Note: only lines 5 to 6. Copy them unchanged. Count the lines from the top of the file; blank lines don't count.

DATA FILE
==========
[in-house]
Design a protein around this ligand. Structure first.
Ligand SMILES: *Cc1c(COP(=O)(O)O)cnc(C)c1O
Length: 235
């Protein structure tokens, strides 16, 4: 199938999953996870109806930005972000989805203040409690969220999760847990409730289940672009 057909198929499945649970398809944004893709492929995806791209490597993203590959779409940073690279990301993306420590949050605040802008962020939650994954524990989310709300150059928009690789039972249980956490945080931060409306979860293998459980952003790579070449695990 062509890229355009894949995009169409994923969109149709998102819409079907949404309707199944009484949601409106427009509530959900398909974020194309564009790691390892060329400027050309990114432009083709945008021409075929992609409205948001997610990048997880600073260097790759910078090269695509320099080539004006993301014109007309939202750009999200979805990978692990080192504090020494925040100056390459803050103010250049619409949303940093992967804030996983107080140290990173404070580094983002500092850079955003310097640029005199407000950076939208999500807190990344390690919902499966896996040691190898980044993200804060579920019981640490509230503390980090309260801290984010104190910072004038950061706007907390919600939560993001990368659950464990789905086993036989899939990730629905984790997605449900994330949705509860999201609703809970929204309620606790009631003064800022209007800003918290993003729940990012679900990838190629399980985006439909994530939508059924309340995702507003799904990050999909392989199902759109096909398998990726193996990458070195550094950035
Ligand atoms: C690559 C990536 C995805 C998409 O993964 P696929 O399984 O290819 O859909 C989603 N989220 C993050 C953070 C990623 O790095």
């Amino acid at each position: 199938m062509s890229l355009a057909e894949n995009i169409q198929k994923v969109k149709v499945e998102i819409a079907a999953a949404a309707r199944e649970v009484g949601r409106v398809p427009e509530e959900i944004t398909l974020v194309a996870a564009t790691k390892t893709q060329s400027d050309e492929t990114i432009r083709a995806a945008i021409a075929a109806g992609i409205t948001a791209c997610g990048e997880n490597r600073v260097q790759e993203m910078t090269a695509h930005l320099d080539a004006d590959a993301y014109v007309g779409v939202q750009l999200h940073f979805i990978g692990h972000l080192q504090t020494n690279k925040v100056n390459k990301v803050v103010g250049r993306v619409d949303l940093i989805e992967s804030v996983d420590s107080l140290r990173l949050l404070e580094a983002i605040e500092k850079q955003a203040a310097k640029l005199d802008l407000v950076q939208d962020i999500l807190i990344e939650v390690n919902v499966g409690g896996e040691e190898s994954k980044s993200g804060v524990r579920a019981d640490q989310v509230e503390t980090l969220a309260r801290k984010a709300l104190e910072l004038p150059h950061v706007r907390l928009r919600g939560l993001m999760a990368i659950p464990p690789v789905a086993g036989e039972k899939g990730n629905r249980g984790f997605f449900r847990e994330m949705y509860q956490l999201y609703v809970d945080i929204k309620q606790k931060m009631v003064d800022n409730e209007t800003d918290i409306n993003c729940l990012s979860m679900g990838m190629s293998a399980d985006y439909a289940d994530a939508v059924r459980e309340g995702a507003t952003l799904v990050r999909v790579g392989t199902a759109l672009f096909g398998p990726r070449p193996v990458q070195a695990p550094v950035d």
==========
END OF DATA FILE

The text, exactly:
């Protein structure tokens, strides 16, 4: 199938999953996870109806930005972000989805203040409690969220999760847990409730289940672009 057909198929499945649970398809944004893709492929995806791209490597993203590959779409940073690279990301993306420590949050605040802008962020939650994954524990989310709300150059928009690789039972249980956490945080931060409306979860293998459980952003790579070449695990 062509890229355009894949995009169409994923969109149709998102819409079907949404309707199944009484949601409106427009509530959900398909974020194309564009790691390892060329400027050309990114432009083709945008021409075929992609409205948001997610990048997880600073260097790759910078090269695509320099080539004006993301014109007309939202750009999200979805990978692990080192504090020494925040100056390459803050103010250049619409949303940093992967804030996983107080140290990173404070580094983002500092850079955003310097640029005199407000950076939208999500807190990344390690919902499966896996040691190898980044993200804060579920019981640490509230503390980090309260801290984010104190910072004038950061706007907390919600939560993001990368659950464990789905086993036989899939990730629905984790997605449900994330949705509860999201609703809970929204309620606790009631003064800022209007800003918290993003729940990012679900990838190629399980985006439909994530939508059924309340995702507003799904990050999909392989199902759109096909398998990726193996990458070195550094950035
Ligand atoms: C690559 C990536 C995805 C998409 O993964 P696929 O399984 O290819 O859909 C989603 N989220 C993050 C953070 C990623 O790095």